“A bleeding-heart Liberal.” “A Conservative who doesn’t care about children.” “A tax-and-spend idiot.” “A callous person who doesn’t want jobs for unemployed people.”

With the elections upon us, and some pretty contentious ones going on in my home state of Massachusetts, I have become attuned to the comments, barbs and general communication going on around me. Overhearing a discussion amongst people at a local store, the comments were similar to those I posted here. We’re hearing the television newscasters, or the candidates themselves, frequently apply these monikers.

What’s the problem with this? After all, there are two parties that have grown and prospered by throwing these monikers at one another, and getting people to rally around them. Most people want to define themselves by one or the other (unless of course you are Libertarian, Green or Independent…).

The problem is the assumptions we make, the generalizations we apply and the judgments we give when someone takes a different position from us. What if we reframed these discussions to say that “that person is trying to find answers, but I don’t agree with the answers they find”? Or even, “that person does care, but I feel like they are misguided in their approach.” Wouldn’t reframing to be a bit more objective and even assuming some positive intent change our approach to dealing with other people?

Last night I ran a workshop at my local chiropractor’s office. Many of the patients there have purchased my book, and we thought it would be nice to hold a class to help people apply some of the concepts of the 5 Secrets in their day-to-day lives. There was a variety of people with different relationship issues they wanted to discuss.

One woman had a situation with a group she is associated with, where there are people who are creating some difficulty in the decision-making process. She labeled these people as “catty” or “childish” in their approach. After we looked at the situation in some detail, she could view her own culpability in the relationship and see that these people might be merely trying to get some attention, or feel that their views were heard. Perhaps the manner in which they chose to get the attention was distasteful to her, but the goal was a positive one.

When we take a broad brush and paint anyone with our judgments and negative words – be it the politician in the other party from ours, the person making our lives difficult by their style and approach, the sibling who won’t return our phone calls, the spouse who doesn’t do what we’d like them to do – we are reducing our own chances of interacting objectively and productively with those people in our lives. By creating the judgment in response to a behavior we don’t like, we actually compromise our own ability to have choice in reacting to someone else. We essentially paint them into our box and leave no room for objectivity or independence of thought in dealing with that person, or that situation.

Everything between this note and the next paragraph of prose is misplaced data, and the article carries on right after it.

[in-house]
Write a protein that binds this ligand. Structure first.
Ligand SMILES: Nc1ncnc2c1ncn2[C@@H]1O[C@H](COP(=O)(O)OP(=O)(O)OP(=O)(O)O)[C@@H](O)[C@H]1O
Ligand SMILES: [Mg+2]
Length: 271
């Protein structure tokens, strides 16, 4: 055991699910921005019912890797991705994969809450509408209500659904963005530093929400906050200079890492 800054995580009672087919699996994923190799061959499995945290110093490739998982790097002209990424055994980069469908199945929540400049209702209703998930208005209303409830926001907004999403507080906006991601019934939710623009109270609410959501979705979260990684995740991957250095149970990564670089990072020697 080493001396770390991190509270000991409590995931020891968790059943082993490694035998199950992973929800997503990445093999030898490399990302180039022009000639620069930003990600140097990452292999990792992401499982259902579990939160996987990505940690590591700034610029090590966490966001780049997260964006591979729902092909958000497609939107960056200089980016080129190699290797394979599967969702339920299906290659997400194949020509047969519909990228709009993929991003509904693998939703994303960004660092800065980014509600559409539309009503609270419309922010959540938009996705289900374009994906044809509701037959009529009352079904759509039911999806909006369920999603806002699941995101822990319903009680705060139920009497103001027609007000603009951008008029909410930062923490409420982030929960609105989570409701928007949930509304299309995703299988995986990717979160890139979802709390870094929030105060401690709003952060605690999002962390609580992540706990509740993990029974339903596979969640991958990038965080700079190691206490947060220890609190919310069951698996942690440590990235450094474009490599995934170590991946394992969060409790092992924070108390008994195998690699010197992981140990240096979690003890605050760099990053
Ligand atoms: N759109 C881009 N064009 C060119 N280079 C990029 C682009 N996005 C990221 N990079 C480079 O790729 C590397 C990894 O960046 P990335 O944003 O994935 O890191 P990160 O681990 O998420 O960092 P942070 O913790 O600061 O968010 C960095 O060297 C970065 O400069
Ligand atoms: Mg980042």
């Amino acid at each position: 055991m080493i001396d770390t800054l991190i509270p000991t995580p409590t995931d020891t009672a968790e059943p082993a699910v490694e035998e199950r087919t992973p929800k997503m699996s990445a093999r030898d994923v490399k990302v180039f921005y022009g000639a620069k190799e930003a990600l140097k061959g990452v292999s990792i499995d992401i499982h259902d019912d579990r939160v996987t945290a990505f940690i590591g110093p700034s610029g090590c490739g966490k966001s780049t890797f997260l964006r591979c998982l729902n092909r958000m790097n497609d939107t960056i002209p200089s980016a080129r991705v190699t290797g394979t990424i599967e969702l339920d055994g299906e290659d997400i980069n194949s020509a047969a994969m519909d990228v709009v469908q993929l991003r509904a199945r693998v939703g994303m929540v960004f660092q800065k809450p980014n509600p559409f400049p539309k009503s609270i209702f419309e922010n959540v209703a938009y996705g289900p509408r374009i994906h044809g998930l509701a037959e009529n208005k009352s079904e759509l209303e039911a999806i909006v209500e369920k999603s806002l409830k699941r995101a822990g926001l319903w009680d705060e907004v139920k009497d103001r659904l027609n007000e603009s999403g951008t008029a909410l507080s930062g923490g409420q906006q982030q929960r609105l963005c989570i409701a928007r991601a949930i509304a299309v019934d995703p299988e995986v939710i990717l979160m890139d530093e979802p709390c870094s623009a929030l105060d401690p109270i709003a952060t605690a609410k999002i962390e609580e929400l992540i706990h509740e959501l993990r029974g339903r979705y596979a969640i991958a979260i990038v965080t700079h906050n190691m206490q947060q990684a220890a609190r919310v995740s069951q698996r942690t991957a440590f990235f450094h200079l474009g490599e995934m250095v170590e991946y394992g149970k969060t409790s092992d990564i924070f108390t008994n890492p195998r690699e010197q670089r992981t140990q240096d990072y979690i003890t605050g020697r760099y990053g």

I firmly believe that most human beings are trying to do their best, but have limited communication and relationship skills in place. Most of us don’t learn how to be good listeners, and to really understand what’s happening with another person. Our filters further compound the problem and often prevent us from seeing what’s “real”.

This week, try to refrain from using judging terms and labels when talking about someone else, and notice how often others convey a message to us colored with their judgments and their labels. We don’t have to believe everyone, like everyone, or agree with everyone we encounter, but we can be the Interested Observer seeing what’s there without rushing to label it.

I don’t know how the elections will turn out here, but I do believe that most of the candidates are well intentioned. The problems are not easy for anyone to solve, and the truth is that no one really knows the best approach to solve the difficult problems without making some other situation worse in doing so.
This week, assume positive intent for others. See if it changes your perception of what they are doing, and why.